By Ashia Aubrey
An eager father holds his baby son in his arms while watching his oldest climb up and down the red jungle gym at the park.
“Look at brother,” the dad says while gripping the youngest tight. The baby is also reaching for the bar handles on the playground set, concentrating on what is in front of him. “You can do it too, buddy,” he says, holding the little one and encouraging him to mimic his older brother.
This simple play experience is an example of the “grasp and grab” concept on the parent curriculum site, ReadyRosie. It showcases the importance of hand-eye coordination for babies, which later in life is essential for play and skills like getting dressed, picking up toys, and self-feeding.
ReadyRosie is a national family resource available in Nebraska;
more than 3,000 students in the state are participating.
ReadyRosie is a national family engagement resource available in Nebraska to serve children from birth through elementary school. It includes a video library of over 1,000 “Modeled Moment” demonstration videos that are age-based. Educators can look through the videos to target different skills according to the needs of their students. Parents are also included in this process and can work with their children through interactive workshops, professional development activities, and family engagement pieces offered on the ReadyRosie website.
ReadyRosie is funded by a federal Preschool Development Grant and was initially implemented by the Nebraska Children and Families Foundation (NCFF). The Buffett Early Childhood Fund invested in ReadyRosie, making it available to 21 sites and eight community groups across Nebraska. The program is also being introduced in over 300 classrooms, and more than 3,000 students in Nebraska are participating in Ready Rosie. With 2020 Preschool Development Grant funding, ReadyRosie was added to 100 more classrooms in the state during the fall of 2021, and since then, the program continues to serve even more Nebraska families. State educational programs like Sixpence and Educare are now using ReadyRose as well.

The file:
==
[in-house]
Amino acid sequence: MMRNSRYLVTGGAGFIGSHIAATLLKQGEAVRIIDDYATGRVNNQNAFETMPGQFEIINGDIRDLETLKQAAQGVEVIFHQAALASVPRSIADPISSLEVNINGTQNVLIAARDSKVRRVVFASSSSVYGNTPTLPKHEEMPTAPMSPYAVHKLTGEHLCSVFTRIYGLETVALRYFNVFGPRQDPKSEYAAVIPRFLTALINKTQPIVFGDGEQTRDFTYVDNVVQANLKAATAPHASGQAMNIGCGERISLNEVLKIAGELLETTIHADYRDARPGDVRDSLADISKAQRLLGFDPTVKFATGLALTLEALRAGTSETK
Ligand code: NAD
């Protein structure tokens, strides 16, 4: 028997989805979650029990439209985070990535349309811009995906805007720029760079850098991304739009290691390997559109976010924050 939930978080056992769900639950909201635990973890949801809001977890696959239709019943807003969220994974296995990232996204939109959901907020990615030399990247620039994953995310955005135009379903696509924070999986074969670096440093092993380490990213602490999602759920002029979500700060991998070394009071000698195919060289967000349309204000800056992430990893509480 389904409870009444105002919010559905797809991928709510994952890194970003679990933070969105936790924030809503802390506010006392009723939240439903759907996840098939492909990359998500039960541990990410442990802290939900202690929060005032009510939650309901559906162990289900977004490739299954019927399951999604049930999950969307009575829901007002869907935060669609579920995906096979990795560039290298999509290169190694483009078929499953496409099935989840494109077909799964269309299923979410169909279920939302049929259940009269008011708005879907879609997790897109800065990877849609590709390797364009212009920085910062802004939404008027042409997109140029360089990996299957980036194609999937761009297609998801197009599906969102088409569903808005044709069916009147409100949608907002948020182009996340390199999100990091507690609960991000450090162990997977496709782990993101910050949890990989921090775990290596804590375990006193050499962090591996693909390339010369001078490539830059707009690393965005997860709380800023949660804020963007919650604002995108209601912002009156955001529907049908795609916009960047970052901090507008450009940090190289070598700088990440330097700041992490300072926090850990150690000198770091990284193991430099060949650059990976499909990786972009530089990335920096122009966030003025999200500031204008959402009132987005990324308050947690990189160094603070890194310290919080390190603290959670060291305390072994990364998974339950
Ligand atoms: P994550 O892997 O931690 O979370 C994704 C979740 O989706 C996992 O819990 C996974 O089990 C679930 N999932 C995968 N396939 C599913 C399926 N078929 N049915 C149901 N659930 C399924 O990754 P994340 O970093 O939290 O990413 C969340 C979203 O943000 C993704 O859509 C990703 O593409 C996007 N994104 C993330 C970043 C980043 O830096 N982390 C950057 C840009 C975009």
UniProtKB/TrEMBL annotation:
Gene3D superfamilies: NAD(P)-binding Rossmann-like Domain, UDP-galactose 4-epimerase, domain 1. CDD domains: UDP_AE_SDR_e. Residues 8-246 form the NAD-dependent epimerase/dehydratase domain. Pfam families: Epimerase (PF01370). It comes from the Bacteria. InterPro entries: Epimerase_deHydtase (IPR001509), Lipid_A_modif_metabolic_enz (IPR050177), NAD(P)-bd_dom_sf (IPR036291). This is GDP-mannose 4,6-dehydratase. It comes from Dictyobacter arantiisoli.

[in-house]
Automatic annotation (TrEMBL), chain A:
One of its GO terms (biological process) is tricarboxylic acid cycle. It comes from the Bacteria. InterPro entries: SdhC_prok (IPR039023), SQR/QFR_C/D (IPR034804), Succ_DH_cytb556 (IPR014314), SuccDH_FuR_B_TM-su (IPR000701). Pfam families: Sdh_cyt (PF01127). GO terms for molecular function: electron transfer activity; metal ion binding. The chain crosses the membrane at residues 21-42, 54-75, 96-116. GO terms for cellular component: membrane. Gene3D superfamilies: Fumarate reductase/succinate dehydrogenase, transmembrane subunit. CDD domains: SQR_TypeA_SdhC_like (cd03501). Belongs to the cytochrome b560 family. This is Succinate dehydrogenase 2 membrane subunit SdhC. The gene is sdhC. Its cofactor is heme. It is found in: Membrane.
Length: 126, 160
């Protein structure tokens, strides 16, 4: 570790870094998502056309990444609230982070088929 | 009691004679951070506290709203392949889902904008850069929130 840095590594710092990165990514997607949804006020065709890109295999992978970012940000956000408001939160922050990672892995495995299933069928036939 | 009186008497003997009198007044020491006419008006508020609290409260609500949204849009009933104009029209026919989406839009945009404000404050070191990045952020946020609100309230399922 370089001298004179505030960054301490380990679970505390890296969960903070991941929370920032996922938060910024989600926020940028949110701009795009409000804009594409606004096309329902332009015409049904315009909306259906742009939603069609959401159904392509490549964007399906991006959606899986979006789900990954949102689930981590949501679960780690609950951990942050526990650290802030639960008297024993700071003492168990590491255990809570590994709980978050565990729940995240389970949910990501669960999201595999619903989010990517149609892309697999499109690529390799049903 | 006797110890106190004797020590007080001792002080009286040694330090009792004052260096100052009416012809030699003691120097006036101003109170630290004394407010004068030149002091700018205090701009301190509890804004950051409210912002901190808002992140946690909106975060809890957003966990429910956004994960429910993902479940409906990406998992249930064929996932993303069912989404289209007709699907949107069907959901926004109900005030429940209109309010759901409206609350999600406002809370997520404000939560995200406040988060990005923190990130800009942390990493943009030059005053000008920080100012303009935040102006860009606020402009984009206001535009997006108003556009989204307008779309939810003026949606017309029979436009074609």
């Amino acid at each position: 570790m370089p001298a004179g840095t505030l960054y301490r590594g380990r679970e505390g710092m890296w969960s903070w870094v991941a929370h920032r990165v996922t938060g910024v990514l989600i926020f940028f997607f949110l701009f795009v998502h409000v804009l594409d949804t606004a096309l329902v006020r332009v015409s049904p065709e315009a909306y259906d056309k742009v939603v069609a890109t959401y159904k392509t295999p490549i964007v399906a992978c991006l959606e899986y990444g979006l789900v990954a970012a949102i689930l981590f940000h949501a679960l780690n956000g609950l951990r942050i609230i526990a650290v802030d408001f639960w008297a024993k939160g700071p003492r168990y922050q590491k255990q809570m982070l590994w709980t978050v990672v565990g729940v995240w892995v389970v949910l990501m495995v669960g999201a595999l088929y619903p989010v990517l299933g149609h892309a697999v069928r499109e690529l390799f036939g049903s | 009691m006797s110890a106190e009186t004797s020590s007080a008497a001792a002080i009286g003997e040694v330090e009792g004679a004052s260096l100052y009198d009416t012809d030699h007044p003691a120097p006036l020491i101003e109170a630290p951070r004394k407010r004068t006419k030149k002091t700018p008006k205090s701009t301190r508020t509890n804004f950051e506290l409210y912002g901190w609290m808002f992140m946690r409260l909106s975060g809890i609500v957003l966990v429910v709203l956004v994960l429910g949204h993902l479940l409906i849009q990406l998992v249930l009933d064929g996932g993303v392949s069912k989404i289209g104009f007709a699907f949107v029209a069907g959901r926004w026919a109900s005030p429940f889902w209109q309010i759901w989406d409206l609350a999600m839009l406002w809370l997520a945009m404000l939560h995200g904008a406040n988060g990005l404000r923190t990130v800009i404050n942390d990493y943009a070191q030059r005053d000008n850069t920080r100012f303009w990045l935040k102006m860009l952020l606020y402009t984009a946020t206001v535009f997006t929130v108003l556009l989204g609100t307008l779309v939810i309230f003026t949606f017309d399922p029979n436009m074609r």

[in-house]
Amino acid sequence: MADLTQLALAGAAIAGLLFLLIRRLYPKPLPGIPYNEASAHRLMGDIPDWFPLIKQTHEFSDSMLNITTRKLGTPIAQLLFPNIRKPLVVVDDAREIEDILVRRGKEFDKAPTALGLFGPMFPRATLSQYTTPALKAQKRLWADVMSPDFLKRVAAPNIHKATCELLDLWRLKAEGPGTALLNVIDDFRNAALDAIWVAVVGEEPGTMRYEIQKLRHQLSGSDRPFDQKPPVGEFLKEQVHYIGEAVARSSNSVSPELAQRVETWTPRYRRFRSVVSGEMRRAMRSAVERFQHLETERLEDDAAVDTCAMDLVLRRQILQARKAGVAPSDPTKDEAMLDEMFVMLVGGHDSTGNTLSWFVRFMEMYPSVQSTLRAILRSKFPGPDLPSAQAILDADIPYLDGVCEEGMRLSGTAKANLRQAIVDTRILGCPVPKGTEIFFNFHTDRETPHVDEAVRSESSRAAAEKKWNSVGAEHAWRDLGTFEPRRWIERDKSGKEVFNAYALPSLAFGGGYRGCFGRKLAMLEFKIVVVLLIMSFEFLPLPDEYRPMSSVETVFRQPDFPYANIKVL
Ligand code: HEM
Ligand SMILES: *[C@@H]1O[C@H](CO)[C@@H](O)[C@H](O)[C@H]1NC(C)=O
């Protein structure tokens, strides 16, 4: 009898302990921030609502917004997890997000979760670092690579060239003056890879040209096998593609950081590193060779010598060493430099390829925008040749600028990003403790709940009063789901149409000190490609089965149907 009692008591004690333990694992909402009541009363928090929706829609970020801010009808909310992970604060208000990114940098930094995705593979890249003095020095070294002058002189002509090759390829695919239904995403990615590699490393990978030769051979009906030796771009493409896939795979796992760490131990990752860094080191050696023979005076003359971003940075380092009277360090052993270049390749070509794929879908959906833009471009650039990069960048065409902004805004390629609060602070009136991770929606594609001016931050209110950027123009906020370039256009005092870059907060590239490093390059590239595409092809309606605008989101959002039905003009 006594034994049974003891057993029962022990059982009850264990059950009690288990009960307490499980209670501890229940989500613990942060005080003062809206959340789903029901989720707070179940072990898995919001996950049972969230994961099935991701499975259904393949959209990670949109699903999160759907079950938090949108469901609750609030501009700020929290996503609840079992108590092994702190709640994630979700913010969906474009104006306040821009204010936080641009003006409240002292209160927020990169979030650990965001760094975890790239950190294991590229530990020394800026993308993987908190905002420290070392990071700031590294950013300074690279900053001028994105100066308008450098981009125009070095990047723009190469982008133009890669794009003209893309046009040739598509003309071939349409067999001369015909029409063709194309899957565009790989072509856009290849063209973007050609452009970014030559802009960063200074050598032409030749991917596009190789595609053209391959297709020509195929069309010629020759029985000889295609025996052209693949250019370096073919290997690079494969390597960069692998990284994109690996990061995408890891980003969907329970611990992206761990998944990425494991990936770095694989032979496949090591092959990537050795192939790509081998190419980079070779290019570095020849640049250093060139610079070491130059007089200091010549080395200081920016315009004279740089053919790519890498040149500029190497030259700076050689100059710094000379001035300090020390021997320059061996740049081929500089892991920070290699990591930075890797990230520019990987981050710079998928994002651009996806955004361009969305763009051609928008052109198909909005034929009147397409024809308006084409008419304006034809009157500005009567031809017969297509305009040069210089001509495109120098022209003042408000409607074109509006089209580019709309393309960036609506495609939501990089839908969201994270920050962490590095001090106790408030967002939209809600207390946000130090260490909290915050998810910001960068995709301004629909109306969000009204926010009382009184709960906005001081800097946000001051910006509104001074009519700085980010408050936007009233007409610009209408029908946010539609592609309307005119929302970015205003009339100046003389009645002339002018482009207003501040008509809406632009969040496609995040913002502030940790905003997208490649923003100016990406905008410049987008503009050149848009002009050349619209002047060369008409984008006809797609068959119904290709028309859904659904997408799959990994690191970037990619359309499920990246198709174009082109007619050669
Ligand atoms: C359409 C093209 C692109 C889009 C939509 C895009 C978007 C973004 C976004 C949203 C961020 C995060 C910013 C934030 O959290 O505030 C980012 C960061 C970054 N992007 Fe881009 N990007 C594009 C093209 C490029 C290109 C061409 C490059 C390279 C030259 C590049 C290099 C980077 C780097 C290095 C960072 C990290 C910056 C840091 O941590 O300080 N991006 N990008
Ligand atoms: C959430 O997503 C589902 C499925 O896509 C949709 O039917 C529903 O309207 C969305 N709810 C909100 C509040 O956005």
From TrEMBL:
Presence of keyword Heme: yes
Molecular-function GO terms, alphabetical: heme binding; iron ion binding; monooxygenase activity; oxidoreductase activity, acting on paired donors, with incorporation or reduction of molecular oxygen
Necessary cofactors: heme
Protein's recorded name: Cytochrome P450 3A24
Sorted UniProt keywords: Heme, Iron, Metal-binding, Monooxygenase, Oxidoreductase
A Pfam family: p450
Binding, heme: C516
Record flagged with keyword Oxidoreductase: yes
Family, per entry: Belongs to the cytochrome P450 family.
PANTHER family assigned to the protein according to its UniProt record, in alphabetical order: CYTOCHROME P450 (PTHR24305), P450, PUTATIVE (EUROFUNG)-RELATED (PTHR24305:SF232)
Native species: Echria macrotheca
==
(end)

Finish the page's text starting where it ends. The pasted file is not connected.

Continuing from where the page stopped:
The Modeled Moment videos are offered in English and Spanish. The videos are usually a few minutes long and are designed to be relatable and easily understood. For example, one ReadyRosie video features a family who is getting lunch. As they wait for their food, the parents teach their kids math skills by using sugar packets in the food establishment to measure the width of a table as the children count each packet.
“[These] are videos that are everyday people and everyday settings. So, if a parent were to watch it, it’s something they can do very easily at home, or in the grocery store, or at the park, in their front yard, in their backyard,” said Shonna Werth, an assistant vice president of early childhood programs at NCFF who provides program oversight for ReadyRosie.
The Nebraska Children and Families Foundation organizes teacher and administrator training that goes over the basic steps of ReadyRosie. These learning sessions are also offered virtually and expand to more advanced-level informational sessions on how a child's developmental milestones can be assessed to build upon the child’s needs. Attendees can also get tips on how educators can connect with parents on an area of focus that may be needed for their child.
To assess the progress of ReadyRosie in Nebraska, a team of evaluators from the University of Nebraska Medical Center’s Munroe-Meyer Institute (MMI) and the University of Nebraska–Lincoln's Department of Child, Youth, and Family Studies collected statewide data. The information evaluated how ReadyRosie is used across communities and the participation rate with local child care providers. From 2021-2022, 95 percent of providers surveyed believed the program was useful to children and families.
Seeing how ReadyRosie videos match up with state standards and fundamental child development milestones is critical to aligning the partnership and family engagement piece. For example, Nebraska’s care and education assessment system, Step Up to Quality is one way to evaluate how ReadyRosie meets the expectations for Step Up to Quality.
Werth said educators and families can work together to decide any additional help children need and how to work on those skills in different settings like home and school.
Ashia Aubrey is a Preschool Development Grant communications specialist at the Buffett Early Childhood Institute at the University of Nebraska. Previously, she was the associate director of communications at an Omaha nonprofit and served as a reporter and television news anchor in Nebraska, Virginia, and Washington, D.C.
Have a question, comment, or a story idea? Reach Ashia at firstname.lastname@example.org